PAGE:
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James Turk: Gold is always the safest haven
By James Turk
Daily Mail, London
Sunday, September 6, 2009
As the price of gold nears $1,000 per Troy ounce, it is safe to say that precious metal has been one of this decade's best performing assets, rising on average by 15 per cent per year.
Analysts in the City ascribe the latest surge in the price of bank vault bullion bars, coins, and jewellery to the threat of inflation.
The billions of pounds used to refloat the world economy have raised the spectre of 1970s-style runaway inflation, sending investors fleeing for this safest of safe-haven assets -- just as they did when equities began to tank in late 2007.
But there is a more fundamental story behind the current value of gold, one that has pushed the price from $275 when Gordon Brown so foolishly disposed of 395 tonnes of bullion seven years ago, to $989 today.
The reason for this feat is clear: The pound has been terribly mismanaged.
With the invention of the gold standard 300 years ago, gold and the pound became irrevocably linked. Their relationship was complimentary during the first 200 years. An ounce of gold, or more precisely, the Guinea, provided the unit of measure by which all things were given a price.
At the beginning of 1817 the Gold Sovereign coin was introduced, weighing 0.2354 Troy ounces.
Being freely redeemable into the precious metal upon demand, the pound was as good as gold, and this attribute was carefully guarded by the perennial sound monetary policy faithfully pursued by the Bank of England.
It was sound money. And sound money and Empire went hand in hand. While it may have been the British navy that secured the Empire, the pound -- or more precisely, gold -- expanded it.
It was gold that encouraged commerce because 0.2354 Troy ounces was an unchanging measure. Like a foot or a pint, there was no confusion as to what a pound meant.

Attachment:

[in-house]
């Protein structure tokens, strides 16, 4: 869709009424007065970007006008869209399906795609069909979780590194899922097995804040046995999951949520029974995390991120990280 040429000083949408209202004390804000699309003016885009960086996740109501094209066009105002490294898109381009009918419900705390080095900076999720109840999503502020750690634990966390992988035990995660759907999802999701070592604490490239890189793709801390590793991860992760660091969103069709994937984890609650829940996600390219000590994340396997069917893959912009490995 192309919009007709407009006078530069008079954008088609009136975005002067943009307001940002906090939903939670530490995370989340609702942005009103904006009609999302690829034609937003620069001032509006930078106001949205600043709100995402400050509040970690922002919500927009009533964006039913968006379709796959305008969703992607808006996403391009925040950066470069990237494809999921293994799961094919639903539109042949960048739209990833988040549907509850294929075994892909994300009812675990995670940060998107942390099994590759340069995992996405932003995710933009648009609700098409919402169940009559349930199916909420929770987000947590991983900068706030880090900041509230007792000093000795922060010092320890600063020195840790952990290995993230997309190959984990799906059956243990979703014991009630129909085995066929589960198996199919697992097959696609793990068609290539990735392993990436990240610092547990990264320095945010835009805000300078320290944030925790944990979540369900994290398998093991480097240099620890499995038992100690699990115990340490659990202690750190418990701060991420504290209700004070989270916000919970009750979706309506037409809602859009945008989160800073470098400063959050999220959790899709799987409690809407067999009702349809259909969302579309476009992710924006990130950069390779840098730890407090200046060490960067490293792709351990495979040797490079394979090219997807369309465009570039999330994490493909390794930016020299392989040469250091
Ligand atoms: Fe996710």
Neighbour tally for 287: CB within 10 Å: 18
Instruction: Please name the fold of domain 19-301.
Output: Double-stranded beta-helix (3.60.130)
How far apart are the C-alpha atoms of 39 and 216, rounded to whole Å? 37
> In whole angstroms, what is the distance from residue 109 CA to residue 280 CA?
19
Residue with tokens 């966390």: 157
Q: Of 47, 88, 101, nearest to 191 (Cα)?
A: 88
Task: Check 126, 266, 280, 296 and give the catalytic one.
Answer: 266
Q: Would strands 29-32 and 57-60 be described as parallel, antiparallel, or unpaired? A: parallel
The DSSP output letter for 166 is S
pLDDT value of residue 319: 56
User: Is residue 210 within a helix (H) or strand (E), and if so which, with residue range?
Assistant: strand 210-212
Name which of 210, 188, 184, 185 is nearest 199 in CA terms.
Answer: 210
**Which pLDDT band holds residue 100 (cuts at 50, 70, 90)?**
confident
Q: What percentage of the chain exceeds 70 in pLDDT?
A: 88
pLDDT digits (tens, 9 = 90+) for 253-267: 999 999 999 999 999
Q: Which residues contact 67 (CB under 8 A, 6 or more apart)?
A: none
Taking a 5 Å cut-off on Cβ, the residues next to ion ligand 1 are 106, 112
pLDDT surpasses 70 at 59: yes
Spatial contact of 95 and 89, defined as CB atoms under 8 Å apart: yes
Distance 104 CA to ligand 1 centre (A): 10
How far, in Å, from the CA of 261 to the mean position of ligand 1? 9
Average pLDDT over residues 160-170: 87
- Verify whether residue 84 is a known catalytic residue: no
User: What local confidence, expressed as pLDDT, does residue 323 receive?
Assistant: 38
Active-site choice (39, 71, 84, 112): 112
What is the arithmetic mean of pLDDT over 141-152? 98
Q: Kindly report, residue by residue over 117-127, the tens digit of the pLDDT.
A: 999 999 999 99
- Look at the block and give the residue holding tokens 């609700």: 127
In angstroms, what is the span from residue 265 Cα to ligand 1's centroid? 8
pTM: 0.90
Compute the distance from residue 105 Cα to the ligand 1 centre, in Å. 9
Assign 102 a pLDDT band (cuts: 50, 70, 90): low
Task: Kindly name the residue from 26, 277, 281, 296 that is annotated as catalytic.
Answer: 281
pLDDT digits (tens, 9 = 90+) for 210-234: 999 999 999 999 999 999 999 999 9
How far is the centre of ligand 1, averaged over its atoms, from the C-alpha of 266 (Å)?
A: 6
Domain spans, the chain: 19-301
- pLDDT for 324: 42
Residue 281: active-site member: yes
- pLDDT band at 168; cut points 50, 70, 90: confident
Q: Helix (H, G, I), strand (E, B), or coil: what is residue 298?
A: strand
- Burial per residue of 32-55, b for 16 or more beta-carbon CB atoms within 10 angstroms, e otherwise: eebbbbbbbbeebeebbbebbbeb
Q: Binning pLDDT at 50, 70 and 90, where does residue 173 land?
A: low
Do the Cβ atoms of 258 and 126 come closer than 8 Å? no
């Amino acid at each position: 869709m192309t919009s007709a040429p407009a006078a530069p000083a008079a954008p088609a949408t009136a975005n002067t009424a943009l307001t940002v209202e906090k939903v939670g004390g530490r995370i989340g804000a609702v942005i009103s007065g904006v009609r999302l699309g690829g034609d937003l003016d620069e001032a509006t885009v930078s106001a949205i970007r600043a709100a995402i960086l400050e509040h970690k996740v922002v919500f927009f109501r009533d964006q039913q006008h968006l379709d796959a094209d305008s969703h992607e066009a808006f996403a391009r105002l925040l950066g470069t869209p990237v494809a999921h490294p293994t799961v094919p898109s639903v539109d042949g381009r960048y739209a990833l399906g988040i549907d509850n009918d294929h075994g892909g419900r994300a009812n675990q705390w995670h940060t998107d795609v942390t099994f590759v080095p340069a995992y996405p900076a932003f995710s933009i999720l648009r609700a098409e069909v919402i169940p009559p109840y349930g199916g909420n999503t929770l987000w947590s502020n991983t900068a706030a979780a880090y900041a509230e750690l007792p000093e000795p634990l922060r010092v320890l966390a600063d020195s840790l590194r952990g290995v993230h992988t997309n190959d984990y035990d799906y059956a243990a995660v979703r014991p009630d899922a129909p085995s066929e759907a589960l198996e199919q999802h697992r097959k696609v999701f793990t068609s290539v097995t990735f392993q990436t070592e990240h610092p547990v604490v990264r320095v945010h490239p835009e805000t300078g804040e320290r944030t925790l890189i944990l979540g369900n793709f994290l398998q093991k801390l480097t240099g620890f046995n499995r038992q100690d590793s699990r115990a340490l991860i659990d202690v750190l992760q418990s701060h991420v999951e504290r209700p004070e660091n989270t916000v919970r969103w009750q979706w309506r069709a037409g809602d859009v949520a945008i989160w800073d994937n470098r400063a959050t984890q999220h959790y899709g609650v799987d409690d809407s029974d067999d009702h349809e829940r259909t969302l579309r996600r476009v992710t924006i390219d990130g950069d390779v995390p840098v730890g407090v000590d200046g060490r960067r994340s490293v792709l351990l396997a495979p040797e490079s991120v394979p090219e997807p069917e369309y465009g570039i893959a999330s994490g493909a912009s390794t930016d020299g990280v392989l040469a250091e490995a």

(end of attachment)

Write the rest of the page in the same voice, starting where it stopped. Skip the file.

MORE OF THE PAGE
But after 1914 the relationship between the pound and gold changed. The two became competitors, with gold in an antagonistic role and often blurting out unpleasant truths that the government would rather not hear.
The attempt in 1925 by then-Chancellor Winston Churchill to return to the pre-war exchange rate is but one example.
The pound had become so debased during the war years from over-issuance that the return to the prewar parity of L1 per 0.2354 ounces created a deflationary contraction.
There was not sufficient wealth (that is, gold) to support the huge amount of pound currency that had been created. In short, 0.2354 ounces was worth more than L1.
Today gold's rising price is still blurting out truths the government would rather not hear. The pound has become one of the weakest currencies of the major Western countries, as it has lost significant ground to both the euro and the dollar.
Pointedly, last year the pound lost nearly half its value against gold. More appreciation in gold is likely, and the government's forced reduction in interest rates is a major reason.
Interest income is the return one earns for taking the risk of holding pounds instead of gold.
Interest income should be high enough to offset the loss of purchasing power from inflation and the risk of say the collapse of the institution where your pounds are deposited.
While customers of Northern Rock and HBOS have been spared the pain that accompanies the collapse of a bank, the creditors of Lehman Brothers in the United States have not been so fortunate.
In today's uncertain monetary environment the risk averse are fleeing to safe havens, which explains why gold is moving back to centre stage.
Gold protects against inflation by preserving purchasing power. It is not dependent on the health, or otherwise, of the financial system. It certainly doesn't need the guarantee of a state that might be as bankrupt as its banks.
And the value it delivers is based on thousands of years of experience that gold is money. More and more people are realising the advantages of owning sound money, and that means owning gold.
James Turk is the founder and chairman of GoldMoney.com and co-author of "The Collapse of the Dollar."
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